Sofia Catering For Industry's Needs By Martin Blaney

in 10th Sofia International Film Festival

by Martin Blaney

As well as being an 11-day feast of world cinema with 148 feature, documentary and short films screened for the local cinema-going public, the Sofia International Film Festival (SIFF) is also increasingly being recognised as an important meeting place for the international film industry to discuss new film projects.

The so-called Sofia Meetings have joined the circuit occupied by other project markets specialised in Eastern European cinema such as Connecting Cottbus, Sarajevo’s CineLink, Thessaloniki’s Crossroads, and – most recently – the B2B Industry Meetings in Belgrade.

Now in its third year, the Sofia Meetings – which were held from March 17-18 at the Bulgarian capital’s Red House – provided the forum for fourteen second feature film projects to be pitched to around 50 international producers and film funders from Western and Eastern European countries.

The 2006 lineup included three filmakers who were having their feature debuts screening in the SIFF’s International Competition: Macedonian-born Sergei Stanojkovski (Kontakt/Contact), Bosnian Nenad Djuric (whose first feature Nebo Iznad Krajolika/Skies Above The Landscape had a rousing world premiere on March 16), and France’s David Lanzmann (Doo Wop).

Fifty per cent of the new projects in the Meetings’ main selection were by young women filmmakers who had made names for themselves at international festivals in the past four years with their award-winning feature debuts such as Slovenia’s Hanna A.W. Slak (Slepa Pega/Blind Spot), Russia’s Marina Razbezkina (Vremya Zhatvy/The Harvest Time) and Kazakh filmmaker Gulshad “Guka” Omarova (Schizo).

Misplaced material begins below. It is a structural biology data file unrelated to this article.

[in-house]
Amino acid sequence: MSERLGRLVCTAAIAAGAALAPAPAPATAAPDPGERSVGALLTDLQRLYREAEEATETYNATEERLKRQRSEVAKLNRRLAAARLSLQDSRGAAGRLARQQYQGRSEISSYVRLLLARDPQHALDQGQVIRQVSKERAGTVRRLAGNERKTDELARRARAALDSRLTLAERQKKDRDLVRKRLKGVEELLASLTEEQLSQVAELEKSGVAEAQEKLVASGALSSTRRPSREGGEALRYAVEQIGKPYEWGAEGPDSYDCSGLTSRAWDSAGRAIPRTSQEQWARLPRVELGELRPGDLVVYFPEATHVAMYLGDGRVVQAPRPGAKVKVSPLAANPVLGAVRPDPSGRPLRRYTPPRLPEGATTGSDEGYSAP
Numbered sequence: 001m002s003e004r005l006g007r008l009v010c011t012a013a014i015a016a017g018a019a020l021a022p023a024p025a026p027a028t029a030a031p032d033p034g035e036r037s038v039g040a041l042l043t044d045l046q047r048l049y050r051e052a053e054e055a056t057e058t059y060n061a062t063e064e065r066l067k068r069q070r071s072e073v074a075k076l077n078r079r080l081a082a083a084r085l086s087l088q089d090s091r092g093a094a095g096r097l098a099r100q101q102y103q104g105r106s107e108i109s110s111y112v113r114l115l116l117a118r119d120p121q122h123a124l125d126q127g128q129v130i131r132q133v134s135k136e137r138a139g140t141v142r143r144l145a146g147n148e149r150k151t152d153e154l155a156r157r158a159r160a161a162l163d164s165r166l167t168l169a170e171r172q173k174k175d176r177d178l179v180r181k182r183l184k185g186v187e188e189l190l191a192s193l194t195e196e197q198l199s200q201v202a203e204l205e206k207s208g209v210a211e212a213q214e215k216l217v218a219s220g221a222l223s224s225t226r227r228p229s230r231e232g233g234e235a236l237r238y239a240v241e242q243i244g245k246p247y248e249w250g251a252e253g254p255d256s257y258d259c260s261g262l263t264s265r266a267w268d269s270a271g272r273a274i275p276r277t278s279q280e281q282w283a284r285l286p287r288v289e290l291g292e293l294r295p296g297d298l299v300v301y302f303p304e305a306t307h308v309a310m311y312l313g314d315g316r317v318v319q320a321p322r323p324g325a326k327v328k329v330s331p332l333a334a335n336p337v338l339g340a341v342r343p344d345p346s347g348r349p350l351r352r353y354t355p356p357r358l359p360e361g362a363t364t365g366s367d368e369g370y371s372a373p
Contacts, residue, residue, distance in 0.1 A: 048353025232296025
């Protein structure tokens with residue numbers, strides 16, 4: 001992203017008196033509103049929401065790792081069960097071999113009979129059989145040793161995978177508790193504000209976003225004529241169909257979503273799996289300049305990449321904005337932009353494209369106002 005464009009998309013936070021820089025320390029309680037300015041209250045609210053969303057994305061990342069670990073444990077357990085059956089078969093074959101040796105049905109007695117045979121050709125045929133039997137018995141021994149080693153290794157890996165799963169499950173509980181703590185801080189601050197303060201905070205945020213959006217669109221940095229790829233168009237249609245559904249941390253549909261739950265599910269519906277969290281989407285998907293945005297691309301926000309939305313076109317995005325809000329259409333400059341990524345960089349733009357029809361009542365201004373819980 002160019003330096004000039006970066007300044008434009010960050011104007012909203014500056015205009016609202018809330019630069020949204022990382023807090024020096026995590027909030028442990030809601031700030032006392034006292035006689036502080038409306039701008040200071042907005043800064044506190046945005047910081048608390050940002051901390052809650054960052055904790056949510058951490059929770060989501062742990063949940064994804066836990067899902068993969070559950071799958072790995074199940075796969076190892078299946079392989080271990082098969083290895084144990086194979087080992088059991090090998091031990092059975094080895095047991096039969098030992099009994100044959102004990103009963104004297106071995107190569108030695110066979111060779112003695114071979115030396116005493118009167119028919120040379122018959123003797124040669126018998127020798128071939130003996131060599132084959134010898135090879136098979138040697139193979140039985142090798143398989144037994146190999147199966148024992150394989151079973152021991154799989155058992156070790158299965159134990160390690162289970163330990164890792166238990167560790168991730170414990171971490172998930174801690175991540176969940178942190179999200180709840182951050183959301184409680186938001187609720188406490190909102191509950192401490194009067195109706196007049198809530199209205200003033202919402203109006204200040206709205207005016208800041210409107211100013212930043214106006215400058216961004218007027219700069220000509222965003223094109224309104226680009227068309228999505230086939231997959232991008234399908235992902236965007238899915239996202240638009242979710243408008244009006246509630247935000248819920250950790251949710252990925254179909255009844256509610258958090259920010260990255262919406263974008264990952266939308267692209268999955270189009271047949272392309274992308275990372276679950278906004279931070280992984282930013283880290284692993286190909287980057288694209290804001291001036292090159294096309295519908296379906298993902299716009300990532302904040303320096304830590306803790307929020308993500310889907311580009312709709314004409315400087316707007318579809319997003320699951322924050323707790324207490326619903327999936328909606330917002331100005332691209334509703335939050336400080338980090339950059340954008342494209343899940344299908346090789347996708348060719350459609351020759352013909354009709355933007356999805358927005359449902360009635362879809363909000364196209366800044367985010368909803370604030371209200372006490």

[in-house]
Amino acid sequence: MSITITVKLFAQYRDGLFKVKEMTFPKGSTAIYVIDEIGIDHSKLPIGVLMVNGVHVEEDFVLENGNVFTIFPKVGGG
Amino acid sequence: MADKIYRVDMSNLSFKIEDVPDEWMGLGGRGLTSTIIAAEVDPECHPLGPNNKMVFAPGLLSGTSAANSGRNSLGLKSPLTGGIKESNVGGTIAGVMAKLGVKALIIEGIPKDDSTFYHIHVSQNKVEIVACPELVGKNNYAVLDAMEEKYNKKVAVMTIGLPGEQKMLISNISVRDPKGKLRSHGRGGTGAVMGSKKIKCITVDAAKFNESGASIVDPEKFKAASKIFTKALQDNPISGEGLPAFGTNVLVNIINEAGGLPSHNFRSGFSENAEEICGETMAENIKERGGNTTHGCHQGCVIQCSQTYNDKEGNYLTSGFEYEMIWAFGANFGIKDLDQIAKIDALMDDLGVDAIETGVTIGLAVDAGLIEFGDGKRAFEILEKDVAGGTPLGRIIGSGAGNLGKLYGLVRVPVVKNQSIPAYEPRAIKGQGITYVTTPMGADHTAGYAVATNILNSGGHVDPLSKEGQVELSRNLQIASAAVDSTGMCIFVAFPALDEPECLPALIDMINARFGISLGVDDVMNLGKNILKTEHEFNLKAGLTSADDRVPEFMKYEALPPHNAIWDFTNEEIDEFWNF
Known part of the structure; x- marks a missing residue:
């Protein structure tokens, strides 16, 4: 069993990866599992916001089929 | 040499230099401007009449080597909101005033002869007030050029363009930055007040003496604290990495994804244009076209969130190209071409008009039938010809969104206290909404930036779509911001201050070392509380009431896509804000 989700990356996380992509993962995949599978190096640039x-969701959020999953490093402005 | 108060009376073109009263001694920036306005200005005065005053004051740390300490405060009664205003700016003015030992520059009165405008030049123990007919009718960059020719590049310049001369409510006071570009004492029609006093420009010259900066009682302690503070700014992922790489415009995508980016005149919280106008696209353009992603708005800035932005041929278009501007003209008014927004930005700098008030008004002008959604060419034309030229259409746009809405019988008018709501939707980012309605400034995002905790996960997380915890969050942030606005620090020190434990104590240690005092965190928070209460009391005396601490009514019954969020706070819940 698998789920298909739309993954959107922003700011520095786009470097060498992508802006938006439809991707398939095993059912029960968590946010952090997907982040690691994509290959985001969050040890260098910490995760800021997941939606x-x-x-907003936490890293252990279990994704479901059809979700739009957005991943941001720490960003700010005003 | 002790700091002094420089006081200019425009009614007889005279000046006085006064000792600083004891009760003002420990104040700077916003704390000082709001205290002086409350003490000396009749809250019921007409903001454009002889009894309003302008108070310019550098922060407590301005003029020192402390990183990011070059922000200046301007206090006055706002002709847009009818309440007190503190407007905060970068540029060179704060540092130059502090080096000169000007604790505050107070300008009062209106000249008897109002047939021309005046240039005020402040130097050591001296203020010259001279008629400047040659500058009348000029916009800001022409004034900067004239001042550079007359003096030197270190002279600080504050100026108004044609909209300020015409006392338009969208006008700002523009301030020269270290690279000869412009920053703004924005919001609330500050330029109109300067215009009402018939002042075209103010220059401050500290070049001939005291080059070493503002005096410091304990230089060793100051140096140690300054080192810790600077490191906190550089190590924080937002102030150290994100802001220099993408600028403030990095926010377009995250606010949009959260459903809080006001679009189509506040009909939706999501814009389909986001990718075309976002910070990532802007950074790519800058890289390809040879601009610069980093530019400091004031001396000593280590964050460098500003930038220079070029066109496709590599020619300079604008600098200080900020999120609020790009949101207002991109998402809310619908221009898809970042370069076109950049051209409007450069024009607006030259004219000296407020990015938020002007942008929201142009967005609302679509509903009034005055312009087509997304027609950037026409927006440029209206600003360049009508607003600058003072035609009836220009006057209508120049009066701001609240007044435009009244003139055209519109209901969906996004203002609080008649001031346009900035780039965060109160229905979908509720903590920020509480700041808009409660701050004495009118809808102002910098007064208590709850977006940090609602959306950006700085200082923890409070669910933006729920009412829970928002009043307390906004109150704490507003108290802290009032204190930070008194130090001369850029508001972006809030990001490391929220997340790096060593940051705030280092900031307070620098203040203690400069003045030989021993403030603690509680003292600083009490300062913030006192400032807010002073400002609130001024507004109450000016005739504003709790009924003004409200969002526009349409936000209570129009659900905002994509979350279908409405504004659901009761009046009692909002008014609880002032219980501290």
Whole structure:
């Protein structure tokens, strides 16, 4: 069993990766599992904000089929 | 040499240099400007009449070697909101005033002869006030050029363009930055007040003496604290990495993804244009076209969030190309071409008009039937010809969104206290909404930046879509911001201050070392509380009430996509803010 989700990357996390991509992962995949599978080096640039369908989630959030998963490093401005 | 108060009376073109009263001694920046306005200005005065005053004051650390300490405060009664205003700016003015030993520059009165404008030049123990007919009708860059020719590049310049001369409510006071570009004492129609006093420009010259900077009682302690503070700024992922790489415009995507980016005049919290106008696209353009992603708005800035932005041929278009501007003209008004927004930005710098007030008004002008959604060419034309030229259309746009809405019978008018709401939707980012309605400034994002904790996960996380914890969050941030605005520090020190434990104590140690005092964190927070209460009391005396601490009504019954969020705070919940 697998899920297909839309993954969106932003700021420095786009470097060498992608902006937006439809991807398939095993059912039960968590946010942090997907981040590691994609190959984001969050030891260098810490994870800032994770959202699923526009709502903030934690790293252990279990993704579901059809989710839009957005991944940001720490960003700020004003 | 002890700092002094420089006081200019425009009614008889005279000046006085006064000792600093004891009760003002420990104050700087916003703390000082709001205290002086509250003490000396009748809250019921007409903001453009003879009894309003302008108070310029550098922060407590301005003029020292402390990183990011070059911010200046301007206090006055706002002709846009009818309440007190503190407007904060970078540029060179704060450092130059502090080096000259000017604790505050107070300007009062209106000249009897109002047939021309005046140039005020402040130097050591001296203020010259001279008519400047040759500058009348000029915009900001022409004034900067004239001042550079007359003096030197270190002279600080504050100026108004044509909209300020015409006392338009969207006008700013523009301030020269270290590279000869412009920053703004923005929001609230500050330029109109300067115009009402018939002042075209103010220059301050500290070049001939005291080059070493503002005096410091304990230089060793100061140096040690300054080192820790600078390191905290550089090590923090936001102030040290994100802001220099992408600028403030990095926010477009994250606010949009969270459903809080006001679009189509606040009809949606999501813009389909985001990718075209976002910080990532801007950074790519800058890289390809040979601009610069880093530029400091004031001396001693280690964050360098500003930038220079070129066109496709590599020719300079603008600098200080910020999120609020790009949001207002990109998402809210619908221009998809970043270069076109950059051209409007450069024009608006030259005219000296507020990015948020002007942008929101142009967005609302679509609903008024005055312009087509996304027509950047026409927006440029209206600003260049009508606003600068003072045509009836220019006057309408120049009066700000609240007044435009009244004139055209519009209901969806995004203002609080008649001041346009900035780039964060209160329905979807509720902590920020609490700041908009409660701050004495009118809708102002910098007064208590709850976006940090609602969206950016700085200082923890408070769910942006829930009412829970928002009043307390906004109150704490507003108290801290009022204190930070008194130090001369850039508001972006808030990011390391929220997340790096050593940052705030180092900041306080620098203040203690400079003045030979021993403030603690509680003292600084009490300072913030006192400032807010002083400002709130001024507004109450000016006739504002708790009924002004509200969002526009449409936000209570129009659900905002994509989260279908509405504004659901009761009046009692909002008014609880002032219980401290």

The Meetings were also used by Belgrade-based Art & Popcorn and Germany’s Icon Film to present Serbian filmmaker Stefan Arsenjevic’s feature project Love And Other Crimes, which had previously been introduced to prospective partners at this year’s Rotterdam’s CineMart and the Berlinale Co-Production Market. Arsenjevic had been one of the young filmmakers who had contributed a short to the omnibus film project Lost & Found which came to the SIFF last year after its world premiere opening the Berlinale’s Forum.

In addition to the main programme of ten projects, another four filmmakers were asking partners hopefully to “show them the money”: Macedonian-born Aneta Lesnikovska with her “mockumentary” about the making of the first Balkan Dogma film, Does Its Hurt?as a Bulgarian-Macedonian co-production; local Bulgarian filmmaker Viktor Chouchkov Jr. with the project Tilt about a group of friends in the new Bulgaria; Serbian Darko Lungulov’s Belgrade/New York-set love story Here And There; and Russian director Alexei Fedorchenko’s “Russian Wonder Story” The Railway, his next feature after the widely praised “mockumentary” Pervye Na Lune (First People On The Moon).

(The screenplay for The Railway by Alexander Gonorovsky was pronounced the best out of almost 900 scripts entered for the ‘Our Contemporary’ competition last year)

After a day of intensive pitching the Meetings’ participants including such distinguished industry figures as the Irish Film Board’s Simon Perry, Mitteldeutsche Medienförderung’s Manfred Schmidt, Cannes Producers Network’s Julie Bergeron, Binger FilmLab’s Marten Rabarts, the Balkan Film Fund’s Lucia Rikaki, and Bavaria Film International’s Olaf Aichinger were asked to vote on the best pitch of the 2006 Meetings.

Those attending decided on Hanna Slak’s presentation for her children’s film Teahwhich will be produced by Dunja Klemenc of Studio Maj and Gustavfilm as a co-production with partners in Poland and Denmark from this June.